In this episode of the podcast (#190), sponsored by LastPass, Larry Cashdollar of Akamai joins us to talk about how finding his first CVE vulnerability, more than 20 years ago, nearly got him fired. Also: Katie Petrillo of LastPass joins us to talk about how some of the security adjustments we’ve made for COVID might not go away any time soon.
When the so-called Zerologon vulnerability in Microsoft Netlogon surfaced in late September word went out far and wide to patch the 10 out of 10 critical software hole. That job was made considerably easier by a number: 2020-1472, the unique Id assigned to the hole under the Common Vulnerabilities and Exposures – or CVE- system.
Created by MITRE more than 20 years ago, CVE acts as a kind of registry for software holes, providing a unique identifier, a criticality rating as well as other critical information about all manner of software vulnerabilities. Today, it is a pillar of the information security world. But it wasn’t always that way.
20 Years and 300 CVEs Later…
With another Cybersecurity Awareness month upon us, we decided to roll back the clock and talk about what life was like before the creation of the CVE system. To guide us, we reached out to Larry Cashdollar, a Senior Security Response Engineer at Akamai into the studio to talk. Larry is a veteran bug hunter with more than 300 CVEs to his name. In celebration of cybersecurity awareness month, Larry talked to me about the first CVE he received way back in 1998 for a hole in a Silicon Graphics Onyx/2 – and how discovering it almost got him fired. He also talks about what life was like before the creation of the CVE system and some of the adventures he’s had on the road to recording some of the 300 CVEs.
The New New Normal
Six months into a pandemic that most of us thought might last six weeks, its time to stop asking when things will return to normal and time to start asking what the new normal will look like when the COVID virus is finally beaten.
The pandemic isn’t the only thing shaking up development organizations. Application security is a top concern and security work is “shifting left” and becoming more intertwined with development. In this podcast, Security Ledger Editor in Chief Paul Roberts talks about it with Jonathan Hunt, Vice President of Security at the firm GitLab.
Even before the COVID pandemic set upon us, the information security industry was being transformed. Security was long a matter of hardening organizations to threats and attacks. The goal was “layered defenses” starting with firewalls and gateway security servers and access control lists to provide hardened network perimeter and intrusion detection and endpoint protection software to protect IT assets within the perimeter.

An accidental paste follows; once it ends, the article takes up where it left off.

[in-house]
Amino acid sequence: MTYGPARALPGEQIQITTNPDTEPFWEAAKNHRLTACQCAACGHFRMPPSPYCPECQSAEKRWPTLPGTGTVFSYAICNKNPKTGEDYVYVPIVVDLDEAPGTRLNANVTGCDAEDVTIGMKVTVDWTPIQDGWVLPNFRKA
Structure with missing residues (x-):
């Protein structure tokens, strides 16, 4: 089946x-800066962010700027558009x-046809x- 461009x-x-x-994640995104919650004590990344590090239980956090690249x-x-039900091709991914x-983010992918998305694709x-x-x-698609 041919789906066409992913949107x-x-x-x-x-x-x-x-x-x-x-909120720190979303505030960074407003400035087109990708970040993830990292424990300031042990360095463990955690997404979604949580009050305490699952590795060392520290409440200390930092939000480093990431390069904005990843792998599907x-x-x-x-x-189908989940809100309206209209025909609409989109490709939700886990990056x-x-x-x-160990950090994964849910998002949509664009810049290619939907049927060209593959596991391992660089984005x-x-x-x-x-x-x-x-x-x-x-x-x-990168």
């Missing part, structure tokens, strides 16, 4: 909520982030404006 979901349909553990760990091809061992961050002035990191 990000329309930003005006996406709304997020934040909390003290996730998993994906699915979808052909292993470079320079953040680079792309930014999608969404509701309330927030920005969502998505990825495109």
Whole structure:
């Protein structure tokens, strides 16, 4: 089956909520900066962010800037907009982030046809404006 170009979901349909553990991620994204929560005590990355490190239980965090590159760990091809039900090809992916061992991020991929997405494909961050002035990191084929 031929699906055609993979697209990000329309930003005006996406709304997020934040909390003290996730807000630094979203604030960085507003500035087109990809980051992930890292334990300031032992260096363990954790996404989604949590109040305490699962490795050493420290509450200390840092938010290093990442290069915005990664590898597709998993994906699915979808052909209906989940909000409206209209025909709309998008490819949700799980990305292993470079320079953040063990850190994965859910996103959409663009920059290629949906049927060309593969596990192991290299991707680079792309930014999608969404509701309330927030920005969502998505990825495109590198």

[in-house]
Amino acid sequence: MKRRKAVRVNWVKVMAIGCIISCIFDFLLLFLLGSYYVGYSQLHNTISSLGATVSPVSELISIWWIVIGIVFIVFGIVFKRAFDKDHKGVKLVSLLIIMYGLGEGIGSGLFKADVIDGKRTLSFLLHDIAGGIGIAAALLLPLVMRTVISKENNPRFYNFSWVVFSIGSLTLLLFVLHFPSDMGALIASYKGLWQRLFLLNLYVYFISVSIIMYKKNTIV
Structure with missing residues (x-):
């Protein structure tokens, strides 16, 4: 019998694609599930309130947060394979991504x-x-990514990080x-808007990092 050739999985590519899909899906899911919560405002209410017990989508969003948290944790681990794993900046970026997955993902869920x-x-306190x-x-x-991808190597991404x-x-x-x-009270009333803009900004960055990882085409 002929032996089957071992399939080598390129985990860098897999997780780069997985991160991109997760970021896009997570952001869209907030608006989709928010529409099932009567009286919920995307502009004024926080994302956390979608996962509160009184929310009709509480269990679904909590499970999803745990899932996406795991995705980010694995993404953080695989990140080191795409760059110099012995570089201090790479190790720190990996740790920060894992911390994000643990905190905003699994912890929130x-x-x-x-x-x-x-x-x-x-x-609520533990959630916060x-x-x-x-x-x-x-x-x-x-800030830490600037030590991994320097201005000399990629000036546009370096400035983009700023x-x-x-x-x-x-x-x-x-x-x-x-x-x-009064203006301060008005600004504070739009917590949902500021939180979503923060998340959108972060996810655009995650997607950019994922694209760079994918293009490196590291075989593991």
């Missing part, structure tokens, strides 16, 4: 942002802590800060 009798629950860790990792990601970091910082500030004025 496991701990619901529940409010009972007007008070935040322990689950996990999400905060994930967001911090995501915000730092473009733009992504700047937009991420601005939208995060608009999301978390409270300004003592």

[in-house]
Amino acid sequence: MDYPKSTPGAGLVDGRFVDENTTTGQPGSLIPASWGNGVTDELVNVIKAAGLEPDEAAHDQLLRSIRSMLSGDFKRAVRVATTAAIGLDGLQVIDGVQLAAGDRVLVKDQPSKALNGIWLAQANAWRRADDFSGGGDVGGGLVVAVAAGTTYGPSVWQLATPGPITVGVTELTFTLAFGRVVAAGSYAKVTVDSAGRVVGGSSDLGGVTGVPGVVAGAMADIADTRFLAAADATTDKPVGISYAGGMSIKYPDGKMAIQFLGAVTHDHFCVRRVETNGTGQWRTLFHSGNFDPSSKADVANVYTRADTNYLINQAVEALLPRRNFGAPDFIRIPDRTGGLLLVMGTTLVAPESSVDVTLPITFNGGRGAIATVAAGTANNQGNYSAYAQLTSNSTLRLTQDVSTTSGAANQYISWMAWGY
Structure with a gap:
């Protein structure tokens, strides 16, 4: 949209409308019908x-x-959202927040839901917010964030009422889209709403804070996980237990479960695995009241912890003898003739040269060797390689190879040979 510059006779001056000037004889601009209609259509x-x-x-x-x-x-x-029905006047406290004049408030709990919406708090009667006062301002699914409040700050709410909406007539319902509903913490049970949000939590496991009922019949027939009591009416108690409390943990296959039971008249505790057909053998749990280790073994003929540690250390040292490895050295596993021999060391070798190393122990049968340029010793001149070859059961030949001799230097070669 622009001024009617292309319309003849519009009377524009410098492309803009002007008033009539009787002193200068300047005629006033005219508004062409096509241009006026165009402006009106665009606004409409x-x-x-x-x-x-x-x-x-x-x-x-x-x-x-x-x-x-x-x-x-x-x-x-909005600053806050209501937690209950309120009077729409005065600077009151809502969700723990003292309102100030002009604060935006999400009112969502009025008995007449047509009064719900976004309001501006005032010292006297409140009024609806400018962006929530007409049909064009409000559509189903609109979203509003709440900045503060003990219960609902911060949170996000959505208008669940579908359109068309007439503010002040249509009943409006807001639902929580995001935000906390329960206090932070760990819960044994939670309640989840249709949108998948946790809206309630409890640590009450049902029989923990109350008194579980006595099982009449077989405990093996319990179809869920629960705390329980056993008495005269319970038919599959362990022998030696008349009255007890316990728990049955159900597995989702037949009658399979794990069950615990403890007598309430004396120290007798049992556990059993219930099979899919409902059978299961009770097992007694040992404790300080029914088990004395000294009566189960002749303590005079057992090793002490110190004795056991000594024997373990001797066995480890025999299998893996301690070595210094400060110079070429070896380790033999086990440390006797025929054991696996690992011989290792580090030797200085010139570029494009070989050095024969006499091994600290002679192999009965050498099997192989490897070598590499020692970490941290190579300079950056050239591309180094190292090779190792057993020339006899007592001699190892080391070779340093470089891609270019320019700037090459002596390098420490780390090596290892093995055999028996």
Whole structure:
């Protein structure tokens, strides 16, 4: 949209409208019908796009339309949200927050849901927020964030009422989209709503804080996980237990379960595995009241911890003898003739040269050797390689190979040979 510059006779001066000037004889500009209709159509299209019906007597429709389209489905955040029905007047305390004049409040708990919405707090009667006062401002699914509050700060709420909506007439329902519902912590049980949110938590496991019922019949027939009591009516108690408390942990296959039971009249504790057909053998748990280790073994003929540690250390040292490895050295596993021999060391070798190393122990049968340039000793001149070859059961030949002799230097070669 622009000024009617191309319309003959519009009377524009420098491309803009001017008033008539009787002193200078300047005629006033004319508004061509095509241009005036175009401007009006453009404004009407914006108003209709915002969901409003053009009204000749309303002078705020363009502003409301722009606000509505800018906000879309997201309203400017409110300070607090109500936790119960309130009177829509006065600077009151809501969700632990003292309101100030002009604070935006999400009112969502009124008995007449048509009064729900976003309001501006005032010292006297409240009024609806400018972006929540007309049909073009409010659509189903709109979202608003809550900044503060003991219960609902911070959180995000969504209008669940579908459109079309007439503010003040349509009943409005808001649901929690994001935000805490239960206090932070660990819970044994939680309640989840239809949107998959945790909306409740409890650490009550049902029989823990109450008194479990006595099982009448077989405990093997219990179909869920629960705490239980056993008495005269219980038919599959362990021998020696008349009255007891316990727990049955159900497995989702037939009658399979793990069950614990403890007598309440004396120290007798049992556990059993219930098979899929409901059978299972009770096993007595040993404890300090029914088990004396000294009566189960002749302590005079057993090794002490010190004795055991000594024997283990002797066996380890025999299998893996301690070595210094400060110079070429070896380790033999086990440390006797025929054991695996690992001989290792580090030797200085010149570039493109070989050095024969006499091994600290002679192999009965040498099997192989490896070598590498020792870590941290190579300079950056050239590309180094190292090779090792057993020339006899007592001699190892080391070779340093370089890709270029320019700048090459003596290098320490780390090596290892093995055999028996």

Security Shifting Left
These days, however, security is “shifting left” – becoming part and parcel of the development process. “DEVSECOPS” marries security processes like code analysis and vulnerability scanning to agile application development in a way that results in more secure products.
That shift is giving rise to a whole new type of security firm, including the likes of GitLab, a web-based DevOps lifecycle tool and Git-repository manager that is steadily building its roster of security capabilities. What does it mean to be a security provider in the age of DEVSECOPS and left-shifted security?
Application Development and COVID
To answer these questions, we invited Jonathan Hunt, the Vice President of Security at GitLab into the Security Ledger studio to talk about it. In this conversation, Jonathan and I talk about what it means to shift security left and marry security processes like vulnerability scanning and fuzzing with development in a seamless way.
We also discuss how the COVID pandemic has shaken up development organizations – including GitLab itself – and how the changes wrought by COVID may remain long after the virus itself has been beaten back.
As always, you can check our full conversation in our latest Security Ledger podcast at Blubrry. You can also listen to it on iTunes and check us out on SoundCloud, Stitcher, Radio Public and more. Also: if you enjoy this podcast, consider signing up to receive it in your email. Just point your web browser to securityledger.com/subscribe to get notified whenever a new podcast is posted.